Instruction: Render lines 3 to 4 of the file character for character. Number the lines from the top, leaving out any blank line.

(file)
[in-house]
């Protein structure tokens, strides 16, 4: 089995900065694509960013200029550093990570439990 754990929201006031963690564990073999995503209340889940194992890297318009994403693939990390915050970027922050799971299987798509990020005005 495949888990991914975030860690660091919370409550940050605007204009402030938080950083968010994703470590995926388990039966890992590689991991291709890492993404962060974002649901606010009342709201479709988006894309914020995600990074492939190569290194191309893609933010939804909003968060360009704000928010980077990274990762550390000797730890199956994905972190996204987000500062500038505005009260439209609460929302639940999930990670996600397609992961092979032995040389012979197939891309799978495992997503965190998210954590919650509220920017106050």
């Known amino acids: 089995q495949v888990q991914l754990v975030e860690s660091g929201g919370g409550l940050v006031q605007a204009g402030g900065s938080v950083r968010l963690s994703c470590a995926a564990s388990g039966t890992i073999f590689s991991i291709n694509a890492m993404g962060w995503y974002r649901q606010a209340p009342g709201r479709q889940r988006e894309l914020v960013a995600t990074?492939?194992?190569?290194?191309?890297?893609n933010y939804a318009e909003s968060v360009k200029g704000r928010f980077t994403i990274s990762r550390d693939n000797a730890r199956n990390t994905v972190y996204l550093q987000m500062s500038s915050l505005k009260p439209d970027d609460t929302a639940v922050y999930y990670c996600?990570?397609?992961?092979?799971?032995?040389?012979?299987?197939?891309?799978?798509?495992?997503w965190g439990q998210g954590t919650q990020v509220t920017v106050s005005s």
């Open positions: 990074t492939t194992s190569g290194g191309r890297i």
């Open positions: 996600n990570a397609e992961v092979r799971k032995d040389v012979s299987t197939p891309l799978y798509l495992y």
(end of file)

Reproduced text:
């Known amino acids: 089995q495949v888990q991914l754990v975030e860690s660091g929201g919370g409550l940050v006031q605007a204009g402030g900065s938080v950083r968010l963690s994703c470590a995926a564990s388990g039966t890992i073999f590689s991991i291709n694509a890492m993404g962060w995503y974002r649901q606010a209340p009342g709201r479709q889940r988006e894309l914020v960013a995600t990074?492939?194992?190569?290194?191309?890297?893609n933010y939804a318009e909003s968060v360009k200029g704000r928010f980077t994403i990274s990762r550390d693939n000797a730890r199956n990390t994905v972190y996204l550093q987000m500062s500038s915050l505005k009260p439209d970027d609460t929302a639940v922050y999930y990670c996600?990570?397609?992961?092979?799971?032995?040389?012979?299987?197939?891309?799978?798509?495992?997503w965190g439990q998210g954590t919650q990020v509220t920017v106050s005005s």
């Open positions: 990074t492939t194992s190569g290194g191309r890297i």